It’s the politics stupid!

Written, by Tim Hughes, Non-Executive Director Warwick Wealth

We all remember the famous phrase, “It’s the economy stupid!” which largely explained Hillary Clinton’s husband’s 1992 Presidential election victory. In South Africa the relationship is reversed. For us, it’s the politics stupid! The South African economy and financial markets in particular are extraordinarily correlated to our national politics.

This is demonstrated by contrasting South Africa with other economies. Consider the world’s second largest economy, China. Despite presiding over a population of some 1,3 billion, and a country characterised by vast geographical, class and ethnic divisions, the change of Chinese President barely impacts on the Shanghai stock exchange and has little impact on global markets. Even the shock electoral victory of Donald Trump over Hillary Clinton resulted in relatively insignificant movements in the U.S. markets with the Dow opening 0, 08% higher, the S&P 500 down 0, 2%, with the NASDAQ down a 0, 3%. To be clear, Trump’s electoral victory was the biggest political upset for decades and yet the world’s largest economy reacted maturely, taking it all in its stride and settling back into a ‘normal’ trading pattern.

Contrast this with the South African scenario in which our financial markets have been on a yo-yo rollercoaster ride for the past year since President Zuma removed Finance Minister Nhlanhla Nene from his post, and replacing him for the week-end with a Parliamentary back-bencher, whose academic credentials have since been brought into question. While the shock to the market sent the clearest politics signal to the President and government more broadly, a modicum of confidence and stability was restored by the re-appointment of Pravin Gordhan as Finance Minister.

From this moment, political confidence was measured by the performance of the Minister of Finance rather than the State President. Ratings agencies look to Gordhan, rather the Zuma for an assessment of the prospects for the economy. De facto and for South African financial markets in particular, the Minister of Finance budget speech has become state of the nation speech.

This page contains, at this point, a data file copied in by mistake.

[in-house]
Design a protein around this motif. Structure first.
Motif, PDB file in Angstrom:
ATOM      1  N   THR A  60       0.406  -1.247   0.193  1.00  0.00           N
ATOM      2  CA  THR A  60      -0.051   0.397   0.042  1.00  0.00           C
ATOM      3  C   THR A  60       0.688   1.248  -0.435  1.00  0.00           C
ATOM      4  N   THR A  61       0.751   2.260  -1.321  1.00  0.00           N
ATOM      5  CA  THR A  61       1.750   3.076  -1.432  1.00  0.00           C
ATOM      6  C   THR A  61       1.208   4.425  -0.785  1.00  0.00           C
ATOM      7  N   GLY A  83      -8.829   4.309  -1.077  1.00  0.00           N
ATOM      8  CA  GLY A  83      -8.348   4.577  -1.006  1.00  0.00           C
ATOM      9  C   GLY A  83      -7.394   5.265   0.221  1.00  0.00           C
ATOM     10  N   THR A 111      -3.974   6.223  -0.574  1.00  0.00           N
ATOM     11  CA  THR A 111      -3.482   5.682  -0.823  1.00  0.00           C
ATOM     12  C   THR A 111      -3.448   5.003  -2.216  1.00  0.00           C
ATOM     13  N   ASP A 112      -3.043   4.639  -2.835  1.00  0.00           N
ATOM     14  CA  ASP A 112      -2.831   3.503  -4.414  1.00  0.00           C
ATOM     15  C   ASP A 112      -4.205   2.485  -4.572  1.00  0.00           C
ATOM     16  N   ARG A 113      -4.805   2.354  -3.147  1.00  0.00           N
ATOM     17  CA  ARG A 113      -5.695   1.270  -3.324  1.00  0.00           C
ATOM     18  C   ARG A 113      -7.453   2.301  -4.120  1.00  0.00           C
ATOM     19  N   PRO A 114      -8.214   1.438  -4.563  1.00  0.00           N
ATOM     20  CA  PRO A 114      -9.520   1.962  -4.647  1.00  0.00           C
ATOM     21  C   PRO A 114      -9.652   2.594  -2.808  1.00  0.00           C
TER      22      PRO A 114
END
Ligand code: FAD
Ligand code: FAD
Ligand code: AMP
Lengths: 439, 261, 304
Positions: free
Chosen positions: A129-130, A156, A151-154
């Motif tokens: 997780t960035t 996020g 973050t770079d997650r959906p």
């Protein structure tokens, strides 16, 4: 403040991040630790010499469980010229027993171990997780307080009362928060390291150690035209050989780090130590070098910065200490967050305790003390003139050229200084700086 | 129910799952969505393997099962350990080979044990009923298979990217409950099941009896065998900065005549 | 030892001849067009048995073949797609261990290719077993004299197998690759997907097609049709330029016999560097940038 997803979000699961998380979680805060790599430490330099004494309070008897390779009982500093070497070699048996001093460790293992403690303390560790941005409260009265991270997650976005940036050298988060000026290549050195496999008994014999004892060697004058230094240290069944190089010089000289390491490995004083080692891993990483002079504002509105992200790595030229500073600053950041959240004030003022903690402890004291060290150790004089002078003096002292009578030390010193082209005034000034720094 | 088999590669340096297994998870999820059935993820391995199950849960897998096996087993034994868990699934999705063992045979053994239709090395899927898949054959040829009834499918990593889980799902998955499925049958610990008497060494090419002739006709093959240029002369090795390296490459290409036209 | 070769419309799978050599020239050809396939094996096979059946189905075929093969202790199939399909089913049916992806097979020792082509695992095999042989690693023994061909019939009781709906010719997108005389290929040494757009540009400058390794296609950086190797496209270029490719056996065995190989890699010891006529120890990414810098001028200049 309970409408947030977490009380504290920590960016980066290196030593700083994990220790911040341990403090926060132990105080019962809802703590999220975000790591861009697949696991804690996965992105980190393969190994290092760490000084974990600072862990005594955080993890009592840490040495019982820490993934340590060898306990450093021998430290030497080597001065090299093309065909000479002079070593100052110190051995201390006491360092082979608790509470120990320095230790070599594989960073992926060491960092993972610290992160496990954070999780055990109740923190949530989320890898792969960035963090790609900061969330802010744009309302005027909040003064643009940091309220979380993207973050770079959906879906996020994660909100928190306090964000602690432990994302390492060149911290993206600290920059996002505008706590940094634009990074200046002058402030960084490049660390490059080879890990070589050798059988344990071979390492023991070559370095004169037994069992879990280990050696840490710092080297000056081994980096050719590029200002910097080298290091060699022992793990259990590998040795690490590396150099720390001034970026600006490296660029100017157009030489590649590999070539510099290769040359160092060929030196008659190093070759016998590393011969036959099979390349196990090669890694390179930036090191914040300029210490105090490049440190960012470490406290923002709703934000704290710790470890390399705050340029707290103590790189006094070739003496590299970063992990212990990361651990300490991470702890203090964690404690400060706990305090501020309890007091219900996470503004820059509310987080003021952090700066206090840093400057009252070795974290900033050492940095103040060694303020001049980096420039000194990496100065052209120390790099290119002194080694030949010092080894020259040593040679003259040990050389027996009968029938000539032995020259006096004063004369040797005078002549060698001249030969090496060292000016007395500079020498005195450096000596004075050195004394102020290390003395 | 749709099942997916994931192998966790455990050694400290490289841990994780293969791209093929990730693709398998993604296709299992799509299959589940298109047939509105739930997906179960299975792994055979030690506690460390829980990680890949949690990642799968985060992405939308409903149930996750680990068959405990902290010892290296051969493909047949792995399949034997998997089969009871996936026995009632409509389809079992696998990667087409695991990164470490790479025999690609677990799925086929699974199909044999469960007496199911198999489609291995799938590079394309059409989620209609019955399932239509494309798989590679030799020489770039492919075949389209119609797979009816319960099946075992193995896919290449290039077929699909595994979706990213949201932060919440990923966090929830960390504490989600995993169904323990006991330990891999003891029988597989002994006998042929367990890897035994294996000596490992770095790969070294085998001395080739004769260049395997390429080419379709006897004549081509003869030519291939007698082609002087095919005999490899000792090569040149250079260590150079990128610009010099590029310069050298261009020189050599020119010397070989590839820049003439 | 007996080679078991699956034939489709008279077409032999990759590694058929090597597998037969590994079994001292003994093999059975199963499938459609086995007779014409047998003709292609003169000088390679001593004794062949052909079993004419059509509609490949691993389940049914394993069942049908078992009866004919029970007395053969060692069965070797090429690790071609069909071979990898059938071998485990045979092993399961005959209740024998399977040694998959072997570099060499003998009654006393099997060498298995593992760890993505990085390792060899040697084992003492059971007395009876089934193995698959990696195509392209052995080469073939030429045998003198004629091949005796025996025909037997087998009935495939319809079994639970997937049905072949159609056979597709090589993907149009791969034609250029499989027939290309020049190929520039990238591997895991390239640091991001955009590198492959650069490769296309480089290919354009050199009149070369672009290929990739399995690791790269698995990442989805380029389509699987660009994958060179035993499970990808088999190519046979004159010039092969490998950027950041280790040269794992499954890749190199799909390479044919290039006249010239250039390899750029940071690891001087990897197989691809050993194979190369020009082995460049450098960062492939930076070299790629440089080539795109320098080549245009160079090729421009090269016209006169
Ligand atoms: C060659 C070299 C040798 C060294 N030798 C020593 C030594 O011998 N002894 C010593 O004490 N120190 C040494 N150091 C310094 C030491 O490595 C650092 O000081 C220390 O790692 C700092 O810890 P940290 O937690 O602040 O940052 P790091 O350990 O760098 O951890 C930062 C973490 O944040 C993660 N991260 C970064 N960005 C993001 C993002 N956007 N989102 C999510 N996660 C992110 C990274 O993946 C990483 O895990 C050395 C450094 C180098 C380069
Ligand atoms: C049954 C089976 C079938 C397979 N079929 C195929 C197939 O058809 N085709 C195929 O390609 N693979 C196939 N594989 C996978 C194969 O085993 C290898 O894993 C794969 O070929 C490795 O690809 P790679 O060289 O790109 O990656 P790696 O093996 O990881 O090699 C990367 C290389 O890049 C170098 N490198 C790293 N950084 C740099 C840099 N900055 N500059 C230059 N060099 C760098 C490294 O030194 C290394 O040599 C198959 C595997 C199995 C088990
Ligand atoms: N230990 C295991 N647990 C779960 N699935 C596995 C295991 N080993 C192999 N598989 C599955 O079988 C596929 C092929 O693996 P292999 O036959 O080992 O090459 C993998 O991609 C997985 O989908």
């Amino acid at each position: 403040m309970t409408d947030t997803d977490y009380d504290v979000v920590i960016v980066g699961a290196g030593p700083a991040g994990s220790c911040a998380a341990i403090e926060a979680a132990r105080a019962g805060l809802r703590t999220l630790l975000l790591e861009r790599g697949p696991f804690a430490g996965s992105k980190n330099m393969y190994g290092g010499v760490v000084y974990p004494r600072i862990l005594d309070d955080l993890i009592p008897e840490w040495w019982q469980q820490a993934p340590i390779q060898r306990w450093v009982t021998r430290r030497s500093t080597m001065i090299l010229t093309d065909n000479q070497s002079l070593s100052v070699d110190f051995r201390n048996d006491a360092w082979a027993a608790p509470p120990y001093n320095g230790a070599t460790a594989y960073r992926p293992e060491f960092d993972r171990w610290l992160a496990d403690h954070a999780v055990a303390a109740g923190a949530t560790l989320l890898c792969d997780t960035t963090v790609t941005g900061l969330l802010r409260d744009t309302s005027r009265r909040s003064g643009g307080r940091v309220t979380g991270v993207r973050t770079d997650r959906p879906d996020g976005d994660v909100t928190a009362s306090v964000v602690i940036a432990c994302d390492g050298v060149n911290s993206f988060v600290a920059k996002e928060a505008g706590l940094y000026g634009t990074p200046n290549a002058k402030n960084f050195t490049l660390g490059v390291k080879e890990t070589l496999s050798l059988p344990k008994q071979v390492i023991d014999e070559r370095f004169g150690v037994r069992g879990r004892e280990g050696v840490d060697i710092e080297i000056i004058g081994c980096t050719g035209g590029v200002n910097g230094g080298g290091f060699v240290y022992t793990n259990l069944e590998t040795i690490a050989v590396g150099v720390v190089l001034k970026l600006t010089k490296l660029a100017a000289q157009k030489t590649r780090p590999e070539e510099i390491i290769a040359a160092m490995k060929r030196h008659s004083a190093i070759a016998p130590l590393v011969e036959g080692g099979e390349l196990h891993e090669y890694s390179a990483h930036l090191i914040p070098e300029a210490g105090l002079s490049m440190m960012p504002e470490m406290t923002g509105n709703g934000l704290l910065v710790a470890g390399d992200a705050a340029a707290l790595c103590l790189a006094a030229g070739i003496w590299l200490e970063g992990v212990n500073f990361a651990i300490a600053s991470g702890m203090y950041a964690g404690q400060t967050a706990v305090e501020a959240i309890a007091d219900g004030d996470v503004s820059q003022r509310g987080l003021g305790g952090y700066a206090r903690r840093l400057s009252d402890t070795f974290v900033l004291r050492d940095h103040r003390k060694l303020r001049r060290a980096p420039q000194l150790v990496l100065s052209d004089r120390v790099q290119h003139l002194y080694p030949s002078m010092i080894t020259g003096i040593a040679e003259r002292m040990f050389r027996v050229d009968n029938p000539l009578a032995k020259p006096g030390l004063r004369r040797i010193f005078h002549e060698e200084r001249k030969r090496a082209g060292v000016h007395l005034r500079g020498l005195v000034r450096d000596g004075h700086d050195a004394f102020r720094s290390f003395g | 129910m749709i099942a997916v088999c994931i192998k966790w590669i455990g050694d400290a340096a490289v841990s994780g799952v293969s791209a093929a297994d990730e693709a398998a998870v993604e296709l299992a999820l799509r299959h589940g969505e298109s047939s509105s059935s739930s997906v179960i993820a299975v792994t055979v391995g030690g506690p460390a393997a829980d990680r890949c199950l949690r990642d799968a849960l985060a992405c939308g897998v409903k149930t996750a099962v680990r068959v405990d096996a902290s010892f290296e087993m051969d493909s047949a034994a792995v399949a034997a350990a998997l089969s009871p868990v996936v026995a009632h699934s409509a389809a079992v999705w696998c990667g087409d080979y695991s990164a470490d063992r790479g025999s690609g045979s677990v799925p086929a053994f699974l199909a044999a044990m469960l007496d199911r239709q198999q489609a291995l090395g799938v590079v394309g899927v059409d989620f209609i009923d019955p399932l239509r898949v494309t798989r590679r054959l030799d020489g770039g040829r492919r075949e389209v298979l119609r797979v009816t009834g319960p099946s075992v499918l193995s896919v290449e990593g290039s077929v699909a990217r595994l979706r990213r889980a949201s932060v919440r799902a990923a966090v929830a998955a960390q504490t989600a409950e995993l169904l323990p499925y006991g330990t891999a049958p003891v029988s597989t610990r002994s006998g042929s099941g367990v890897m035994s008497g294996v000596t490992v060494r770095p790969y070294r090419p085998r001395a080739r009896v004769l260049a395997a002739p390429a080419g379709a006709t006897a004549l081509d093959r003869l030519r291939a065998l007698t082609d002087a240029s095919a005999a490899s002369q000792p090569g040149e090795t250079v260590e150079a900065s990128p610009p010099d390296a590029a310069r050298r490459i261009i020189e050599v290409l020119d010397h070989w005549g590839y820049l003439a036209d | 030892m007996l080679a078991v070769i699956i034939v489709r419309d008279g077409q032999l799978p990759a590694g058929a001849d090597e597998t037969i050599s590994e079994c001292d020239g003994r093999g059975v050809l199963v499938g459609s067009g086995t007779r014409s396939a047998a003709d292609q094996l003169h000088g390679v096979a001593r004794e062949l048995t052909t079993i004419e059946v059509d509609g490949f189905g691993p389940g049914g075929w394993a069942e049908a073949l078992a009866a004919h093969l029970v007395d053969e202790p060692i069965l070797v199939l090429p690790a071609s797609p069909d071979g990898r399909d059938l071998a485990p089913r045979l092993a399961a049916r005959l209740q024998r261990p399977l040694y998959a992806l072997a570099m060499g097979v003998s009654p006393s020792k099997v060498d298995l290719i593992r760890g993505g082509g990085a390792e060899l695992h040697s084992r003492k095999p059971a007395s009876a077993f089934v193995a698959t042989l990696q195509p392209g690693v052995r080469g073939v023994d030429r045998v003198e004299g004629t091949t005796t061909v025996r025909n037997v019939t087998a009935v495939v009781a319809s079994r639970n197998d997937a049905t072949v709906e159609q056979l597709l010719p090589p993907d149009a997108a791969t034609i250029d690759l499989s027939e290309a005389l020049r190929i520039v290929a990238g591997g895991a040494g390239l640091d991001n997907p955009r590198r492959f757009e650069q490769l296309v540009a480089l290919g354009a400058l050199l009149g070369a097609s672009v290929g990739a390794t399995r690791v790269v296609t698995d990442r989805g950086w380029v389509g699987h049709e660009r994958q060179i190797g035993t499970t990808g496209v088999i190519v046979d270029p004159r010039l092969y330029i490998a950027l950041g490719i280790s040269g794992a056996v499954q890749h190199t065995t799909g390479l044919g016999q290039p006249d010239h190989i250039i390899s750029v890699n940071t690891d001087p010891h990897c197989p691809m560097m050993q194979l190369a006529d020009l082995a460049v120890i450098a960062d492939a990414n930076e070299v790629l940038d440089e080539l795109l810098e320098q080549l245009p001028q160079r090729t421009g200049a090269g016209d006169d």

That Gordhan withstood the outrageous slings and arrows cast at him by the National Prosecuting Authority only to see these spurious charges summarily withdrawn, led to a collect sigh of relief from an anxious market that viewed this political high-noon as a litmus test of whether Zuma or Gordhan had the upper hand in the fratricidal fight to control access to state coffers.

Emboldened by Gordhan and his pragmatic supporters’ victory, the resultant extraordinary African National Congress National Executive Committee meeting was the most robust since the recall of former President Thabo Mbeki in 2009. That the NEC meeting did not permit a secret ballot on Zuma’s presidency is the clearest demonstration that he had lost majority support. So while the James Bond of South African politics emerged to fight another day, it was a pyrrhic victory for Zuma, which leaves the markets unsure, volatile and craving political direction and certainty.

By the end of 2017, a new ANC President will be elected, but until then, we are in for a volatile ride. One hopes that in 2017 our politics doesn’t make us all look stupid!

Comments are closed.